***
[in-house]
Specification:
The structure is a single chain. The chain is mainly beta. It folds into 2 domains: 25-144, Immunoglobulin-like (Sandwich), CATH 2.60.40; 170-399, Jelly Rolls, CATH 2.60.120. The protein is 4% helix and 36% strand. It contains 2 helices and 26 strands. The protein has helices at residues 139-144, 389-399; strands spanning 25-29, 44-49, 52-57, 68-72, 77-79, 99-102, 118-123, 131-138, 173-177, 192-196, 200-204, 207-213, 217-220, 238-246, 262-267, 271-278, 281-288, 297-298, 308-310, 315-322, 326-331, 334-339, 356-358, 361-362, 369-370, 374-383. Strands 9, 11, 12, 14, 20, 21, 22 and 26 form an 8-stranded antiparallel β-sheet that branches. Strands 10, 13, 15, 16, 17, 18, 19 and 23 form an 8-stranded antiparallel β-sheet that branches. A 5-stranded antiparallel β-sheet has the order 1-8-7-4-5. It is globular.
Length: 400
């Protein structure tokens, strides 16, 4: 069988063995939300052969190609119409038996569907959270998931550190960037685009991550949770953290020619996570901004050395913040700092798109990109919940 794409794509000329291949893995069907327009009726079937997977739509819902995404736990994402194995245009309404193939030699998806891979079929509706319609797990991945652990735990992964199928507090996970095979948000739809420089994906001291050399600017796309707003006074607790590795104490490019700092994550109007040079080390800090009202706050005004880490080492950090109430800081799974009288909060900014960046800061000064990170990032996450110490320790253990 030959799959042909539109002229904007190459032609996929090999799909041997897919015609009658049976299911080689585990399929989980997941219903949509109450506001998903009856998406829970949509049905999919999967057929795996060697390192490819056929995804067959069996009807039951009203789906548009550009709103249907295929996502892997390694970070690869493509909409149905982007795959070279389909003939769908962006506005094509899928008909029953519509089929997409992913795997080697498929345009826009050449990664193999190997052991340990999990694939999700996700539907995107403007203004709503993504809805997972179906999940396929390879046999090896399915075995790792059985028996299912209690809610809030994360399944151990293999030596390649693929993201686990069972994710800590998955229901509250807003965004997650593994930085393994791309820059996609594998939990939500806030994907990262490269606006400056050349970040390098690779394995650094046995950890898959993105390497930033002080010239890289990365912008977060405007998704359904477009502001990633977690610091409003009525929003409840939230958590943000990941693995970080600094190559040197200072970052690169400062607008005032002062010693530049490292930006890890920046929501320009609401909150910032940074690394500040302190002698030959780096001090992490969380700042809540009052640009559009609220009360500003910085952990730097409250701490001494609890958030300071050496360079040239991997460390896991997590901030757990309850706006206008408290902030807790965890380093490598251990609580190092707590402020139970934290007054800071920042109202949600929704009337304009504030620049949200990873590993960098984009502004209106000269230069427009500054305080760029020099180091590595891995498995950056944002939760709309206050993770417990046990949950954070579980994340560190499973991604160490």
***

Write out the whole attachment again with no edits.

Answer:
[in-house]
Specification:
The structure is a single chain. The chain is mainly beta. It folds into 2 domains: 25-144, Immunoglobulin-like (Sandwich), CATH 2.60.40; 170-399, Jelly Rolls, CATH 2.60.120. The protein is 4% helix and 36% strand. It contains 2 helices and 26 strands. The protein has helices at residues 139-144, 389-399; strands spanning 25-29, 44-49, 52-57, 68-72, 77-79, 99-102, 118-123, 131-138, 173-177, 192-196, 200-204, 207-213, 217-220, 238-246, 262-267, 271-278, 281-288, 297-298, 308-310, 315-322, 326-331, 334-339, 356-358, 361-362, 369-370, 374-383. Strands 9, 11, 12, 14, 20, 21, 22 and 26 form an 8-stranded antiparallel β-sheet that branches. Strands 10, 13, 15, 16, 17, 18, 19 and 23 form an 8-stranded antiparallel β-sheet that branches. A 5-stranded antiparallel β-sheet has the order 1-8-7-4-5. It is globular.
Length: 400
């Protein structure tokens, strides 16, 4: 069988063995939300052969190609119409038996569907959270998931550190960037685009991550949770953290020619996570901004050395913040700092798109990109919940 794409794509000329291949893995069907327009009726079937997977739509819902995404736990994402194995245009309404193939030699998806891979079929509706319609797990991945652990735990992964199928507090996970095979948000739809420089994906001291050399600017796309707003006074607790590795104490490019700092994550109007040079080390800090009202706050005004880490080492950090109430800081799974009288909060900014960046800061000064990170990032996450110490320790253990 030959799959042909539109002229904007190459032609996929090999799909041997897919015609009658049976299911080689585990399929989980997941219903949509109450506001998903009856998406829970949509049905999919999967057929795996060697390192490819056929995804067959069996009807039951009203789906548009550009709103249907295929996502892997390694970070690869493509909409149905982007795959070279389909003939769908962006506005094509899928008909029953519509089929997409992913795997080697498929345009826009050449990664193999190997052991340990999990694939999700996700539907995107403007203004709503993504809805997972179906999940396929390879046999090896399915075995790792059985028996299912209690809610809030994360399944151990293999030596390649693929993201686990069972994710800590998955229901509250807003965004997650593994930085393994791309820059996609594998939990939500806030994907990262490269606006400056050349970040390098690779394995650094046995950890898959993105390497930033002080010239890289990365912008977060405007998704359904477009502001990633977690610091409003009525929003409840939230958590943000990941693995970080600094190559040197200072970052690169400062607008005032002062010693530049490292930006890890920046929501320009609401909150910032940074690394500040302190002698030959780096001090992490969380700042809540009052640009559009609220009360500003910085952990730097409250701490001494609890958030300071050496360079040239991997460390896991997590901030757990309850706006206008408290902030807790965890380093490598251990609580190092707590402020139970934290007054800071920042109202949600929704009337304009504030620049949200990873590993960098984009502004209106000269230069427009500054305080760029020099180091590595891995498995950056944002939760709309206050993770417990046990949950954070579980994340560190499973991604160490």